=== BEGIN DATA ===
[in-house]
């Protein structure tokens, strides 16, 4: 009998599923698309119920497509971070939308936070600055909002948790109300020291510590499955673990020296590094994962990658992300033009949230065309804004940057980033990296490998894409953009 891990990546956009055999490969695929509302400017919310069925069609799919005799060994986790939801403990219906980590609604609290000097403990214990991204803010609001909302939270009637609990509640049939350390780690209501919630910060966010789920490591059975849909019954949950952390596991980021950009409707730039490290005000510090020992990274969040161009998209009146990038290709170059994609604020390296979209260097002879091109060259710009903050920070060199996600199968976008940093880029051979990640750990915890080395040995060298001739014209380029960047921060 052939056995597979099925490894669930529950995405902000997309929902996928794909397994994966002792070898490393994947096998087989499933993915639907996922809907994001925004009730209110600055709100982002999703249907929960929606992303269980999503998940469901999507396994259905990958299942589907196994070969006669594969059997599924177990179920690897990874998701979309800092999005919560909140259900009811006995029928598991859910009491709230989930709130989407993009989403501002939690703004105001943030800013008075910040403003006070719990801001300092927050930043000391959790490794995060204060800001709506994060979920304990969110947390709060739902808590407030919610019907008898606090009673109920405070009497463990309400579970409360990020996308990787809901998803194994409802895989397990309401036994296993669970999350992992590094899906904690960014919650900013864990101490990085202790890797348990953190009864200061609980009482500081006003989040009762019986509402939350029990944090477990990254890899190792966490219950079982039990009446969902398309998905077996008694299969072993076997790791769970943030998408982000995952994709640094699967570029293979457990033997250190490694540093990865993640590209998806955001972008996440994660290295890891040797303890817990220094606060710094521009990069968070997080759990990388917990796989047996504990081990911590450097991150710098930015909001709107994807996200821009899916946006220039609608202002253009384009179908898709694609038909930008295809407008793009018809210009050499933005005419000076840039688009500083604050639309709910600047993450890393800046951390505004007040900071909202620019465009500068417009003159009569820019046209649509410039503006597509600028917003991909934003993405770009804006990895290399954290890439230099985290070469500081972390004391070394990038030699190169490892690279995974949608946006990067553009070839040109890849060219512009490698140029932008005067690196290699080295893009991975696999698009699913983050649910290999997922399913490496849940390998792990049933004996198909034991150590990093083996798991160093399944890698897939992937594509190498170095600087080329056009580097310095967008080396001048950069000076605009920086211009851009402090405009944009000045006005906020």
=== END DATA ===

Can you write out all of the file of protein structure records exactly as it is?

[in-house]
């Protein structure tokens, strides 16, 4: 009998599923698309119920497509971070939308936070600055909002948790109300020291510590499955673990020296590094994962990658992300033009949230065309804004940057980033990296490998894409953009 891990990546956009055999490969695929509302400017919310069925069609799919005799060994986790939801403990219906980590609604609290000097403990214990991204803010609001909302939270009637609990509640049939350390780690209501919630910060966010789920490591059975849909019954949950952390596991980021950009409707730039490290005000510090020992990274969040161009998209009146990038290709170059994609604020390296979209260097002879091109060259710009903050920070060199996600199968976008940093880029051979990640750990915890080395040995060298001739014209380029960047921060 052939056995597979099925490894669930529950995405902000997309929902996928794909397994994966002792070898490393994947096998087989499933993915639907996922809907994001925004009730209110600055709100982002999703249907929960929606992303269980999503998940469901999507396994259905990958299942589907196994070969006669594969059997599924177990179920690897990874998701979309800092999005919560909140259900009811006995029928598991859910009491709230989930709130989407993009989403501002939690703004105001943030800013008075910040403003006070719990801001300092927050930043000391959790490794995060204060800001709506994060979920304990969110947390709060739902808590407030919610019907008898606090009673109920405070009497463990309400579970409360990020996308990787809901998803194994409802895989397990309401036994296993669970999350992992590094899906904690960014919650900013864990101490990085202790890797348990953190009864200061609980009482500081006003989040009762019986509402939350029990944090477990990254890899190792966490219950079982039990009446969902398309998905077996008694299969072993076997790791769970943030998408982000995952994709640094699967570029293979457990033997250190490694540093990865993640590209998806955001972008996440994660290295890891040797303890817990220094606060710094521009990069968070997080759990990388917990796989047996504990081990911590450097991150710098930015909001709107994807996200821009899916946006220039609608202002253009384009179908898709694609038909930008295809407008793009018809210009050499933005005419000076840039688009500083604050639309709910600047993450890393800046951390505004007040900071909202620019465009500068417009003159009569820019046209649509410039503006597509600028917003991909934003993405770009804006990895290399954290890439230099985290070469500081972390004391070394990038030699190169490892690279995974949608946006990067553009070839040109890849060219512009490698140029932008005067690196290699080295893009991975696999698009699913983050649910290999997922399913490496849940390998792990049933004996198909034991150590990093083996798991160093399944890698897939992937594509190498170095600087080329056009580097310095967008080396001048950069000076605009920086211009851009402090405009944009000045006005906020």